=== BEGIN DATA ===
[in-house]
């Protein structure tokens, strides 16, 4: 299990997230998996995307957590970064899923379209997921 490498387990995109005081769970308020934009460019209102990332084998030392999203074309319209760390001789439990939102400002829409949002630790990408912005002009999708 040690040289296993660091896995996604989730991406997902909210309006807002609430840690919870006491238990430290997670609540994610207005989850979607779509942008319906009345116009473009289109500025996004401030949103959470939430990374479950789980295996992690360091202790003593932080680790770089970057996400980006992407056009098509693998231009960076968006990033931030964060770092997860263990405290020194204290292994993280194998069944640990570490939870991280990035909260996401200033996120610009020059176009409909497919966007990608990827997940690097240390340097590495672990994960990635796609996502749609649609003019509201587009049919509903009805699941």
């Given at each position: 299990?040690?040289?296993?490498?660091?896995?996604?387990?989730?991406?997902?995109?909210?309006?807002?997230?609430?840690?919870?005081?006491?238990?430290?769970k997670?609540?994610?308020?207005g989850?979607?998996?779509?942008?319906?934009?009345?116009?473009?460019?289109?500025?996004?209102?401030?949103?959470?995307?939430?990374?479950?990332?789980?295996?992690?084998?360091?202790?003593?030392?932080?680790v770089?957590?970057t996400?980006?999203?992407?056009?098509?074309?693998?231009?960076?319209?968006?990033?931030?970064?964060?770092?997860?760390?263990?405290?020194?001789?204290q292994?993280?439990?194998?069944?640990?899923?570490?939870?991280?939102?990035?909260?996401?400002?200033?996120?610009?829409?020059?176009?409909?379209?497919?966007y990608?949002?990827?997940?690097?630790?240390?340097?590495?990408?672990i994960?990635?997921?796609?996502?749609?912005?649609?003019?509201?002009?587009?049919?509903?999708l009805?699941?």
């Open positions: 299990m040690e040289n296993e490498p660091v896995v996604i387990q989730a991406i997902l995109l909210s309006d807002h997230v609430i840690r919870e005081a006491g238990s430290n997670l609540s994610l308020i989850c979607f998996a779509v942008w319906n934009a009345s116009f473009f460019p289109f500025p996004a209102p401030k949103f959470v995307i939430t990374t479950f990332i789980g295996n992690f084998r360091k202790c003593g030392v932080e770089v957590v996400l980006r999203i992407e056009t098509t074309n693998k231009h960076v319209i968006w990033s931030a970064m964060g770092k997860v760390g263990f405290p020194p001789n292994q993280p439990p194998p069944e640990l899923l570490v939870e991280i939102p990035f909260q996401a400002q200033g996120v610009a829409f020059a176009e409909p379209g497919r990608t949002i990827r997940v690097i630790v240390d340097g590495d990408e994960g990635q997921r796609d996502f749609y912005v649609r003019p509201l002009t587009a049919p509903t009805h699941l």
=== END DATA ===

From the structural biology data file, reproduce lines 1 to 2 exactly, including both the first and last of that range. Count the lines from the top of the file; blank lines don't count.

[in-house]
């Protein structure tokens, strides 16, 4: 299990997230998996995307957590970064899923379209997921 490498387990995109005081769970308020934009460019209102990332084998030392999203074309319209760390001789439990939102400002829409949002630790990408912005002009999708 040690040289296993660091896995996604989730991406997902909210309006807002609430840690919870006491238990430290997670609540994610207005989850979607779509942008319906009345116009473009289109500025996004401030949103959470939430990374479950789980295996992690360091202790003593932080680790770089970057996400980006992407056009098509693998231009960076968006990033931030964060770092997860263990405290020194204290292994993280194998069944640990570490939870991280990035909260996401200033996120610009020059176009409909497919966007990608990827997940690097240390340097590495672990994960990635796609996502749609649609003019509201587009049919509903009805699941």